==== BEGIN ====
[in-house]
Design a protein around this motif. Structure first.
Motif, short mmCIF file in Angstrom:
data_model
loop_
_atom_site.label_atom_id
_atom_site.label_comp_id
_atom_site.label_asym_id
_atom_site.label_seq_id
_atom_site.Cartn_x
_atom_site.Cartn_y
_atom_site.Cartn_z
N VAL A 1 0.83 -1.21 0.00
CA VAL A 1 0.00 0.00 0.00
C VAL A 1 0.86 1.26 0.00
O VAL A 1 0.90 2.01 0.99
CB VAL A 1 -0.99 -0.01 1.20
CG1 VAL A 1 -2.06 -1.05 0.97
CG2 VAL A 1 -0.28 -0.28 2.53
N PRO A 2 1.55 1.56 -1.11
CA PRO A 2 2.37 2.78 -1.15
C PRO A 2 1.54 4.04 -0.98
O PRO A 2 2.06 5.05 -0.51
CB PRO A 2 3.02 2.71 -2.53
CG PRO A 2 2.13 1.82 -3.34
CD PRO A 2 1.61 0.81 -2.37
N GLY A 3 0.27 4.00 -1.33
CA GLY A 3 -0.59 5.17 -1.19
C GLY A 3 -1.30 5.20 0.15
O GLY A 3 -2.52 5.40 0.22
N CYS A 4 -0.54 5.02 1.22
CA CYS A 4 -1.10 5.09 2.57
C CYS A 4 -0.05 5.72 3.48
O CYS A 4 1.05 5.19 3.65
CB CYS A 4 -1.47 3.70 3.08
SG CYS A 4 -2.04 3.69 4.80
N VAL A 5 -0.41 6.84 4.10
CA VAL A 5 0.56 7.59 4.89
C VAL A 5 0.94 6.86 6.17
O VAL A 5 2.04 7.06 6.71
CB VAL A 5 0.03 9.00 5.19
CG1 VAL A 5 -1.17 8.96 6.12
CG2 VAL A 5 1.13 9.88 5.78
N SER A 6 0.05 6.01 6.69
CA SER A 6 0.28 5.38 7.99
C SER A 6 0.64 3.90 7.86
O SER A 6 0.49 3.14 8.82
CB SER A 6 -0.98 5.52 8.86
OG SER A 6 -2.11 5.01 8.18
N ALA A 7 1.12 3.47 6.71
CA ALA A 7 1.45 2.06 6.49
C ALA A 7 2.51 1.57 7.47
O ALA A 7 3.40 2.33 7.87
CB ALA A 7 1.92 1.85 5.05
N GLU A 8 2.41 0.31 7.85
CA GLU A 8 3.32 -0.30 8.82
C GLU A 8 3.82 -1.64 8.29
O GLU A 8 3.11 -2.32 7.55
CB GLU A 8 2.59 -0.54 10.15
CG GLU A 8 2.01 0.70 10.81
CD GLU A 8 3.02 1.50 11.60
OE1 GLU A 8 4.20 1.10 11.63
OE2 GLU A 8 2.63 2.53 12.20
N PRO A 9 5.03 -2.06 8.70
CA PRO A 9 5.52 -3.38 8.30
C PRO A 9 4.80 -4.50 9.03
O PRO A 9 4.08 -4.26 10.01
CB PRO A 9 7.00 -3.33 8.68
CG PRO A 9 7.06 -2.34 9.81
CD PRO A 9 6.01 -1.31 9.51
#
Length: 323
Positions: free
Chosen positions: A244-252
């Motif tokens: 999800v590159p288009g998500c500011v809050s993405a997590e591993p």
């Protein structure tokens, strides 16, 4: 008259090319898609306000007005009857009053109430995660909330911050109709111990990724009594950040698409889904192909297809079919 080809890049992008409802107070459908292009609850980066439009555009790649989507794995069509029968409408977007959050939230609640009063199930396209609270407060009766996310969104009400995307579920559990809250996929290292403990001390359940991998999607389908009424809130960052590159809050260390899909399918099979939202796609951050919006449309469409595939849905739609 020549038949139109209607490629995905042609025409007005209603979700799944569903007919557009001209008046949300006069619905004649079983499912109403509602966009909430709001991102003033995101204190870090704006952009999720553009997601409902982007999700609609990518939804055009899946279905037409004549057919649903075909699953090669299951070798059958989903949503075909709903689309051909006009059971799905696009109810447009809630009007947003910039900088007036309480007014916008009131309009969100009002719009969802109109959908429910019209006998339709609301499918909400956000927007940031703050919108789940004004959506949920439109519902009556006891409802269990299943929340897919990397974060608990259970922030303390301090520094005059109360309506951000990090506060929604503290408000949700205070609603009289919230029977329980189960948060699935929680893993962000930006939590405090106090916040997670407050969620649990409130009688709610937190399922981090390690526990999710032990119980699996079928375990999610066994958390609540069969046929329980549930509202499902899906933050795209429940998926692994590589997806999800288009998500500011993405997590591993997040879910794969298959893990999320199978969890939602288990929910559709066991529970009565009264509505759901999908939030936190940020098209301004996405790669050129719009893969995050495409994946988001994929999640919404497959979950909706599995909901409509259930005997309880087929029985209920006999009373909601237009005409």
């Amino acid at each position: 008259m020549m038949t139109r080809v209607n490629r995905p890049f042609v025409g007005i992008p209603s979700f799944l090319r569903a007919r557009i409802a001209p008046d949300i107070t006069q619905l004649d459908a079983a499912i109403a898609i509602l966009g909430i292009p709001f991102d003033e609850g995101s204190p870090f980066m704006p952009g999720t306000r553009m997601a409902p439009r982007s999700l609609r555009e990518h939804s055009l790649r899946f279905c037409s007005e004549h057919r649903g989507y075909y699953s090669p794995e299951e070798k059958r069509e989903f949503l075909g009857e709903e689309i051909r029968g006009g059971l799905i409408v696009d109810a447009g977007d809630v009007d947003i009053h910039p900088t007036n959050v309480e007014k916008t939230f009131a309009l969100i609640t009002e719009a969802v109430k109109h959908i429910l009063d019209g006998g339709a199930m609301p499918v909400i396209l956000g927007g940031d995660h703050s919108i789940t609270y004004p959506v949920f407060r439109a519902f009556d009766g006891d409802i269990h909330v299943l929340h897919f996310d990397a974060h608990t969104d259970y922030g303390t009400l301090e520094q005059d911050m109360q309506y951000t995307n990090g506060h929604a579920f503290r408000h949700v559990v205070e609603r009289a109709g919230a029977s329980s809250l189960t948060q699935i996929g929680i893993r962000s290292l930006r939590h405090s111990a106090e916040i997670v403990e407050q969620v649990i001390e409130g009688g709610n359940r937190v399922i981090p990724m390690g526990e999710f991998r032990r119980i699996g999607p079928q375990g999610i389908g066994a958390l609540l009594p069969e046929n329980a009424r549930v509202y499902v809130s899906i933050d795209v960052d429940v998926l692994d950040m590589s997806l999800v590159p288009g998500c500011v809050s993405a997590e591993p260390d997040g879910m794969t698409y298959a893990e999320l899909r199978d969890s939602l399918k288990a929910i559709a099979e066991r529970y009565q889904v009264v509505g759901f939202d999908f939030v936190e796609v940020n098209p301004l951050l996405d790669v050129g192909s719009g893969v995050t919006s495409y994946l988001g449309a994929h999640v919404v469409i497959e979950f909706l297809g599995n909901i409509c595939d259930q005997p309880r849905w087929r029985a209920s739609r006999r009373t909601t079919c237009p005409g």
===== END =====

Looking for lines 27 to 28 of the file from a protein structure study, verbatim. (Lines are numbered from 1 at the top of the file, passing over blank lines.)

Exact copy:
N GLY A 3 0.27 4.00 -1.33
CA GLY A 3 -0.59 5.17 -1.19